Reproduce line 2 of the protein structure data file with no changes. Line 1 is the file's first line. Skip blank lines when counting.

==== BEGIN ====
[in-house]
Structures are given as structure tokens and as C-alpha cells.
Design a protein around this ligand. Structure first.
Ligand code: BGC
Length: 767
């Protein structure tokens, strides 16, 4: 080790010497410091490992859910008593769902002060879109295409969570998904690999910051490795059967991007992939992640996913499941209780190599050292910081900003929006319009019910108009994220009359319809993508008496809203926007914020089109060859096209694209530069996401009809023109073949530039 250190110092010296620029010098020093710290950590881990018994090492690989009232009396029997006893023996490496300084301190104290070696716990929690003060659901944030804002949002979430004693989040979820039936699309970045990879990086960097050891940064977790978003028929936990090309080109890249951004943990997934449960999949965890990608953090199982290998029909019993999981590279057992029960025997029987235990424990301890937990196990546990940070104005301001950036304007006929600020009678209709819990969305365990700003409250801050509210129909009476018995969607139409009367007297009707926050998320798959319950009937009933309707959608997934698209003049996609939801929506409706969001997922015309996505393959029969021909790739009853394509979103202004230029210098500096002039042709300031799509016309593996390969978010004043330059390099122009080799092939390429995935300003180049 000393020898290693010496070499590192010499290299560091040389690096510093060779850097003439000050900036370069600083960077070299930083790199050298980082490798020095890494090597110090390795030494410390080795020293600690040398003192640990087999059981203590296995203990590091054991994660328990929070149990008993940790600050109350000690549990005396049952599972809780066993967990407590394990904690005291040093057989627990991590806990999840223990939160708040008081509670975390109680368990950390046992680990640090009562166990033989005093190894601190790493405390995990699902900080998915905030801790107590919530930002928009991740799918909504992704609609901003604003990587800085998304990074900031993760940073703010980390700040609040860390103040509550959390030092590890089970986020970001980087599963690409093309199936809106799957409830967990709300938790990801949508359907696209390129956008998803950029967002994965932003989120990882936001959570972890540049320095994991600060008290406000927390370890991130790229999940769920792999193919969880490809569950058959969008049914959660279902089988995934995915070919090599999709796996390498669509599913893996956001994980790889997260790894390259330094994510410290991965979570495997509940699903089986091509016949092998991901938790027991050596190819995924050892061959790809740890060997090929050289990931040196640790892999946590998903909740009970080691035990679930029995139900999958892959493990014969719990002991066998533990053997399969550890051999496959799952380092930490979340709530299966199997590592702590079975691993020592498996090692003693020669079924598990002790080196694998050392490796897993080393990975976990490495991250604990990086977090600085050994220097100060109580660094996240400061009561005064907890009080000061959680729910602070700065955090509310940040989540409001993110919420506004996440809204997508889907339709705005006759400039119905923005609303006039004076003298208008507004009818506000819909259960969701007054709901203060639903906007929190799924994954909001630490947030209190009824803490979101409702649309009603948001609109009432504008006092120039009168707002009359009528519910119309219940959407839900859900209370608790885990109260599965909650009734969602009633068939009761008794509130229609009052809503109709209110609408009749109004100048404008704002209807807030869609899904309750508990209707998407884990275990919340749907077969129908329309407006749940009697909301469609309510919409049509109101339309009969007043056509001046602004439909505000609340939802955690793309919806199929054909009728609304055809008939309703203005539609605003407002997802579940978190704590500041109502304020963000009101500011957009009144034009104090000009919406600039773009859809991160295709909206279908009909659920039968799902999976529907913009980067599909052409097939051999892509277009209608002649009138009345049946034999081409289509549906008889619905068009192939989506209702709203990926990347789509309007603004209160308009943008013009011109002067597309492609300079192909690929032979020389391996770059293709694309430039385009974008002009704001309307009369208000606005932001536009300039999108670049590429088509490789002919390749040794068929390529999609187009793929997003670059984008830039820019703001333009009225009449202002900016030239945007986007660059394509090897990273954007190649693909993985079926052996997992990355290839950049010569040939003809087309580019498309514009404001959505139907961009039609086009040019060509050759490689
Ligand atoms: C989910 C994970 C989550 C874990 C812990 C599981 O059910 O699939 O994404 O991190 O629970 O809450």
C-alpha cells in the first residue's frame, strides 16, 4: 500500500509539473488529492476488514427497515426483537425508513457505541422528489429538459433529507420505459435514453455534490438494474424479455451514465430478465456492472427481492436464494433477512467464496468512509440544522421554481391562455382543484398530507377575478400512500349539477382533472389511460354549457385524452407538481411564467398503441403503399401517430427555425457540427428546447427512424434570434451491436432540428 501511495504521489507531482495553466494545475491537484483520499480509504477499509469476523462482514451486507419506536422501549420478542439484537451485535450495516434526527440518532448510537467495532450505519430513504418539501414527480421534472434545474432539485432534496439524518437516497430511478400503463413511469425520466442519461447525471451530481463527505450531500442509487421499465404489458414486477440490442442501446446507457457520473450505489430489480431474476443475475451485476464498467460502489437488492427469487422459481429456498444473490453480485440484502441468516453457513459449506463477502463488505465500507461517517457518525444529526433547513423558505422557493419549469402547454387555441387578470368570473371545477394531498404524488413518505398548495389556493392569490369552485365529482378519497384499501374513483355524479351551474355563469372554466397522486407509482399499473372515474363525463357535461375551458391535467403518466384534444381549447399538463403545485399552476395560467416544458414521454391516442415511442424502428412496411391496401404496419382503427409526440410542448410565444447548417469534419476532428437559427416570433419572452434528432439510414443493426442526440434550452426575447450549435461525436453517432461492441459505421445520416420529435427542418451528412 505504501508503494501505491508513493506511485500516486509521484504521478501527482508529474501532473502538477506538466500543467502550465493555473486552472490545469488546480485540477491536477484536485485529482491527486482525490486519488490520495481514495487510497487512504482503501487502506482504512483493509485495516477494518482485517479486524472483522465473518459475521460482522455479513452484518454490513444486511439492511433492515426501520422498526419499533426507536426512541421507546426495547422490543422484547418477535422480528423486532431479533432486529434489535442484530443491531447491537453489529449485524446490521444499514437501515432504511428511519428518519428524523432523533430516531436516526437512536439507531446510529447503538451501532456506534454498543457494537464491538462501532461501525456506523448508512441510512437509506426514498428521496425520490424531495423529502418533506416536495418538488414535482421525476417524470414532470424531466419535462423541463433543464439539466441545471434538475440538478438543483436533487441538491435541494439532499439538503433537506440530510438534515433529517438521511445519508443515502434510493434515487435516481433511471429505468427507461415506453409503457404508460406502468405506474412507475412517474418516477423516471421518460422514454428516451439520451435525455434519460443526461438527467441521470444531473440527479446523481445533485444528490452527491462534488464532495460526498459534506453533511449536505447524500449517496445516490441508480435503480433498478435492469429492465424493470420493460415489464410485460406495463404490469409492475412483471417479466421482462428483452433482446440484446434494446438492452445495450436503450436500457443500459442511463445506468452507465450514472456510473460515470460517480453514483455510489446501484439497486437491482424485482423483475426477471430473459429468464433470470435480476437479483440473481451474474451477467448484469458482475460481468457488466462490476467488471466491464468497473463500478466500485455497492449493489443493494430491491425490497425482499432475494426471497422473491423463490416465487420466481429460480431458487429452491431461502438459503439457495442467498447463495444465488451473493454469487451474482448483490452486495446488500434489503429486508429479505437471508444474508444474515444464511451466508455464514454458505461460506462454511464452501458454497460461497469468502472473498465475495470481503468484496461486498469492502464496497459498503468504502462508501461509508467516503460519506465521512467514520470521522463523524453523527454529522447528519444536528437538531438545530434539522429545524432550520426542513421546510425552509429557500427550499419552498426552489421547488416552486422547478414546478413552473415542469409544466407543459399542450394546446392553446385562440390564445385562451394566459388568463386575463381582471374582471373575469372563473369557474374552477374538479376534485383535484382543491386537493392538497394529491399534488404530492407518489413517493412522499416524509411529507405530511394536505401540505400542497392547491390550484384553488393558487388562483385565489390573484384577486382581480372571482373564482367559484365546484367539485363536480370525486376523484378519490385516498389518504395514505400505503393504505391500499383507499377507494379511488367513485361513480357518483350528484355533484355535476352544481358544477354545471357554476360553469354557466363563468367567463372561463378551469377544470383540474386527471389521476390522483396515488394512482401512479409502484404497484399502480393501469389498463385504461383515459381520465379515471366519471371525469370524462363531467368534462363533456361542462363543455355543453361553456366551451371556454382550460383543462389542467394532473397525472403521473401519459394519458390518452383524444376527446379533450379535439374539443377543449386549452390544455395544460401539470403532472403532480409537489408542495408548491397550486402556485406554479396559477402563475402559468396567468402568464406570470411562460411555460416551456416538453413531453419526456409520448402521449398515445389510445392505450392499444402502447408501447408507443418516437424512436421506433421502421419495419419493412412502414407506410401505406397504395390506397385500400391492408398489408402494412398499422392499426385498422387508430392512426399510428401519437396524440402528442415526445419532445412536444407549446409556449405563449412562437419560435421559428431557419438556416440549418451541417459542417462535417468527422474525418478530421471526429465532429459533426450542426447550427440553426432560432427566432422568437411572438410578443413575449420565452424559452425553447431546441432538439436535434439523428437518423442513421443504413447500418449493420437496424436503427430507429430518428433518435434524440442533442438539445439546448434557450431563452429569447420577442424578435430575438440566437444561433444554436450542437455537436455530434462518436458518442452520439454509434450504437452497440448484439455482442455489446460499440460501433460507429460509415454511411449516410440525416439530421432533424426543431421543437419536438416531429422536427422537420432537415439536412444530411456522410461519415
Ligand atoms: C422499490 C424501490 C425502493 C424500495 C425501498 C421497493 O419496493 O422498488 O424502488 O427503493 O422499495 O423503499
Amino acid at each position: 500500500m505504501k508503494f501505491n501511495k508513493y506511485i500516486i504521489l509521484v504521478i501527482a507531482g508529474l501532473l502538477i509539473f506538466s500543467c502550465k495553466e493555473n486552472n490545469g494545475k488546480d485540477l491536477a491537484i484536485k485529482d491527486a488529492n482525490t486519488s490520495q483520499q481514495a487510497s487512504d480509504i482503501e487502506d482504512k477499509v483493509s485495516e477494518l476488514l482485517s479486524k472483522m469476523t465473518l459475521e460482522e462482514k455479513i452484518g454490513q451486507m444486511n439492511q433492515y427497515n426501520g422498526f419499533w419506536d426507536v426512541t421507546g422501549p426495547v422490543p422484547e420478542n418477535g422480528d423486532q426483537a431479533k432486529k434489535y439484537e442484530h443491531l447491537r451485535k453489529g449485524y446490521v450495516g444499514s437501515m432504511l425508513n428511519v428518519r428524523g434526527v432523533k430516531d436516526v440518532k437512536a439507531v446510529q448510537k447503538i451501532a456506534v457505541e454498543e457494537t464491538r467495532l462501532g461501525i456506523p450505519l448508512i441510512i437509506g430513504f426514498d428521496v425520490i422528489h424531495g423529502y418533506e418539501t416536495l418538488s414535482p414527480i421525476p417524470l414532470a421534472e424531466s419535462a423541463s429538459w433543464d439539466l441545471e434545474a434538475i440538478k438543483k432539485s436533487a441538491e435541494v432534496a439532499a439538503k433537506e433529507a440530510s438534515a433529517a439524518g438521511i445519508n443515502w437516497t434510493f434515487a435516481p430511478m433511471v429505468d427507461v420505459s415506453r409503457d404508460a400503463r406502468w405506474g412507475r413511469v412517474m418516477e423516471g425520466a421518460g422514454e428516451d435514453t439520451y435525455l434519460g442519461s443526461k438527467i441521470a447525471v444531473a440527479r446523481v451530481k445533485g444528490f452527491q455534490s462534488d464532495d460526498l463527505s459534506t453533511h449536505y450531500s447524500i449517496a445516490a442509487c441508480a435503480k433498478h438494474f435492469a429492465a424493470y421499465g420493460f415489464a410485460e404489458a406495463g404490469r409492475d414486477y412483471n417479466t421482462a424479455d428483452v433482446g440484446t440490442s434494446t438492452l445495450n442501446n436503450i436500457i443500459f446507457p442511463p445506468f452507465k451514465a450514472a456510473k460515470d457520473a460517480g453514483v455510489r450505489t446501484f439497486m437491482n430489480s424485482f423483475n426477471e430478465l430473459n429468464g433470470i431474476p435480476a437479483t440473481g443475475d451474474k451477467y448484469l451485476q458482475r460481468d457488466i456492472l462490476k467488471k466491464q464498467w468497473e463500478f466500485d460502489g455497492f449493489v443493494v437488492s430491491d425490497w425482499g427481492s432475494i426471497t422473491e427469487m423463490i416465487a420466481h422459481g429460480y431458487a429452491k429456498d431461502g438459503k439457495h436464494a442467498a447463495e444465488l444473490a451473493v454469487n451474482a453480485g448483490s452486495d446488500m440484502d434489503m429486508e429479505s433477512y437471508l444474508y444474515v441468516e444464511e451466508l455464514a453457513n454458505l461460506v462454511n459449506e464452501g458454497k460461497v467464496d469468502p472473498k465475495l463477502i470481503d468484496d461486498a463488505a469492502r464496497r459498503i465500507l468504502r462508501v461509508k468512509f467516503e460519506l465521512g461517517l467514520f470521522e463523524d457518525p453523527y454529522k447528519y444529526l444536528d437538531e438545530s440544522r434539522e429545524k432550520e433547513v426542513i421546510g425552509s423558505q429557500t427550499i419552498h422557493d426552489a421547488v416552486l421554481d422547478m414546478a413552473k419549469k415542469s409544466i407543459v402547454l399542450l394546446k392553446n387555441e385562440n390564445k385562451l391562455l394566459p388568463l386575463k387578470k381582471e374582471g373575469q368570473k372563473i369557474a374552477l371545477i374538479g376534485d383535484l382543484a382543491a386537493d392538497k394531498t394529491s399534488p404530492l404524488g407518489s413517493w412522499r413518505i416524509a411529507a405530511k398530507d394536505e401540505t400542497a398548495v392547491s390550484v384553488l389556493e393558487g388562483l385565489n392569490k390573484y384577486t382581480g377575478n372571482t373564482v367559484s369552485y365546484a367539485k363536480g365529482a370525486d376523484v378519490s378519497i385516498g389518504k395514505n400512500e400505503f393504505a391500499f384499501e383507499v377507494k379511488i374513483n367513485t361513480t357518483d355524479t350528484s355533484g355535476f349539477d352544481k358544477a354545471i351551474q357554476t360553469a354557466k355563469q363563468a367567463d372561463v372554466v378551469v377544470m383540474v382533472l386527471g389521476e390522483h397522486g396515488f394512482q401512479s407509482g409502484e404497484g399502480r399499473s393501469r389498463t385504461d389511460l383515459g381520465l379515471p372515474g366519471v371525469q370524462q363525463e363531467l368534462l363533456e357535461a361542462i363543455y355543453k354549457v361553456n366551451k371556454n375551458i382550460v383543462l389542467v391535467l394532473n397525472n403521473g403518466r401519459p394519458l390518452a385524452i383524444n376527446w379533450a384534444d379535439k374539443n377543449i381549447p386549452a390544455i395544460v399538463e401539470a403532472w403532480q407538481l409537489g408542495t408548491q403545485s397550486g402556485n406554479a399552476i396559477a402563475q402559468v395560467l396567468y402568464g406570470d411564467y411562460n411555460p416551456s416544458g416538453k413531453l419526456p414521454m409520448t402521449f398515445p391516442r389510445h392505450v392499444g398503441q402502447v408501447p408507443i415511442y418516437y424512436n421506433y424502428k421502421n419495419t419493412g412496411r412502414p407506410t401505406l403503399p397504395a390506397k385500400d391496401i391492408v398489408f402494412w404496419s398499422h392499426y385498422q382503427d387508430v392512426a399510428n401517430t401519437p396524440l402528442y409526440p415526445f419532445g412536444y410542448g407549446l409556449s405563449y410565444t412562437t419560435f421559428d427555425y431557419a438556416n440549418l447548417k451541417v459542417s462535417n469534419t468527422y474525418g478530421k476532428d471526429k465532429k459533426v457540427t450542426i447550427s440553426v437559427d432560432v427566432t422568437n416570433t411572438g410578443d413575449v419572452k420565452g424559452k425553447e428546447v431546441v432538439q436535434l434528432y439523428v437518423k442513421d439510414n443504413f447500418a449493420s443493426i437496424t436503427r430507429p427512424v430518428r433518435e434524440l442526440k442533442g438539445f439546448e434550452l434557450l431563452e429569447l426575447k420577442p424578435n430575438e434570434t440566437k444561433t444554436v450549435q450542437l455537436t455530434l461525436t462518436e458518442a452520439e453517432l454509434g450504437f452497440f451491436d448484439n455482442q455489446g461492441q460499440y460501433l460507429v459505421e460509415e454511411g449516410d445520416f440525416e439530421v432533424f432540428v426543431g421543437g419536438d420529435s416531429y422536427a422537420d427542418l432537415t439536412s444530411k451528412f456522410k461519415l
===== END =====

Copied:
Structures are given as structure tokens and as C-alpha cells.